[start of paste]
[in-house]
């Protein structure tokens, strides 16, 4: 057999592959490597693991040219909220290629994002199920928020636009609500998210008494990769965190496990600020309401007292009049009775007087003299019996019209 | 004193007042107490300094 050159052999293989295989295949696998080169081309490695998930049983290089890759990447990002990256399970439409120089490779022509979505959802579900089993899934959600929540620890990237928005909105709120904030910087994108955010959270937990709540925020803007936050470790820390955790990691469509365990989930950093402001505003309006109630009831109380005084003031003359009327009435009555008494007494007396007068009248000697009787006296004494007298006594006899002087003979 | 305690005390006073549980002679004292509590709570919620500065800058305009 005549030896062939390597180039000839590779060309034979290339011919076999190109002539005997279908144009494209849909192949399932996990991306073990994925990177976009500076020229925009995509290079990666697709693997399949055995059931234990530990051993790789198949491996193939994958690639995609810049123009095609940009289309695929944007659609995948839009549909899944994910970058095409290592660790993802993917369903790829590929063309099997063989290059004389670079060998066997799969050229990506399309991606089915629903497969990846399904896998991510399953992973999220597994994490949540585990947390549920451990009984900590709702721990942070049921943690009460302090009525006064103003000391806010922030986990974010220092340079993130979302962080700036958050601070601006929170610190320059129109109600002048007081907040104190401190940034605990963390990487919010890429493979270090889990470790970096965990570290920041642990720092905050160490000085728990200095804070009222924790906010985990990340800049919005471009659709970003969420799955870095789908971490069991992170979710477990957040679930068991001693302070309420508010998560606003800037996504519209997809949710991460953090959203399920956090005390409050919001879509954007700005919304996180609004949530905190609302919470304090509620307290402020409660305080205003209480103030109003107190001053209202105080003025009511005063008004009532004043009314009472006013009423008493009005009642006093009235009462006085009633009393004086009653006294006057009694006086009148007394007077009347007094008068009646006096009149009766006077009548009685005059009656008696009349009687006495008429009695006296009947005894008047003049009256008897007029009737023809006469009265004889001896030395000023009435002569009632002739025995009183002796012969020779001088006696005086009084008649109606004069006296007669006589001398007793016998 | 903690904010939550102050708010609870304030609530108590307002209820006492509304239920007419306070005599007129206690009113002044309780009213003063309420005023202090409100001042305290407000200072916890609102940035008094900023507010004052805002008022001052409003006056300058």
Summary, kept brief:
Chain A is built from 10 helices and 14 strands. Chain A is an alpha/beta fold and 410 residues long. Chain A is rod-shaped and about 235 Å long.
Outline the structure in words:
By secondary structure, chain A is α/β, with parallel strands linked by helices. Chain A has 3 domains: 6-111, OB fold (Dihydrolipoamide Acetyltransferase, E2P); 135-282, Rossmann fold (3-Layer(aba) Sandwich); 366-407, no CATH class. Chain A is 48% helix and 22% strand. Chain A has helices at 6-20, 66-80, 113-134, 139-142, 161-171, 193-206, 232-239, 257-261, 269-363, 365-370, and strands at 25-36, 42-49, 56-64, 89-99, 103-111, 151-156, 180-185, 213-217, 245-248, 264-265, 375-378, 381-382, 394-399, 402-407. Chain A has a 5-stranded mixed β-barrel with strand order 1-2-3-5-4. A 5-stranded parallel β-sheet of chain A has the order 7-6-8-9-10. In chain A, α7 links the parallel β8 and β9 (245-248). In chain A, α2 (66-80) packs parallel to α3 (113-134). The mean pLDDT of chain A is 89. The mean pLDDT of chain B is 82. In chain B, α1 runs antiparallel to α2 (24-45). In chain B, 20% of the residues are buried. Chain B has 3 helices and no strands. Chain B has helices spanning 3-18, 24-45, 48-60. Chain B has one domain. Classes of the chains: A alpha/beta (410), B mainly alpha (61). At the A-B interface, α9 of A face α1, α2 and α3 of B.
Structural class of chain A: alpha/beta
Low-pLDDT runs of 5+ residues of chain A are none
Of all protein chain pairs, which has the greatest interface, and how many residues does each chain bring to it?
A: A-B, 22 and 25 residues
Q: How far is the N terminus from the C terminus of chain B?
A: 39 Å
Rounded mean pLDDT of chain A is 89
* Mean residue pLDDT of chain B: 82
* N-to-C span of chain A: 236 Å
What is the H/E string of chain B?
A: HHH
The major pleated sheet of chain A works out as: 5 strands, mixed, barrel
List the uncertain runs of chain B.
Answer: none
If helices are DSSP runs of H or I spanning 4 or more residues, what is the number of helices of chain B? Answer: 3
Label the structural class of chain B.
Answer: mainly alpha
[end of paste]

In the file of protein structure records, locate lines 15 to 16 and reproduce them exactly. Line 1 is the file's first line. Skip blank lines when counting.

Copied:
* N-to-C span of chain A: 236 Å
What is the H/E string of chain B?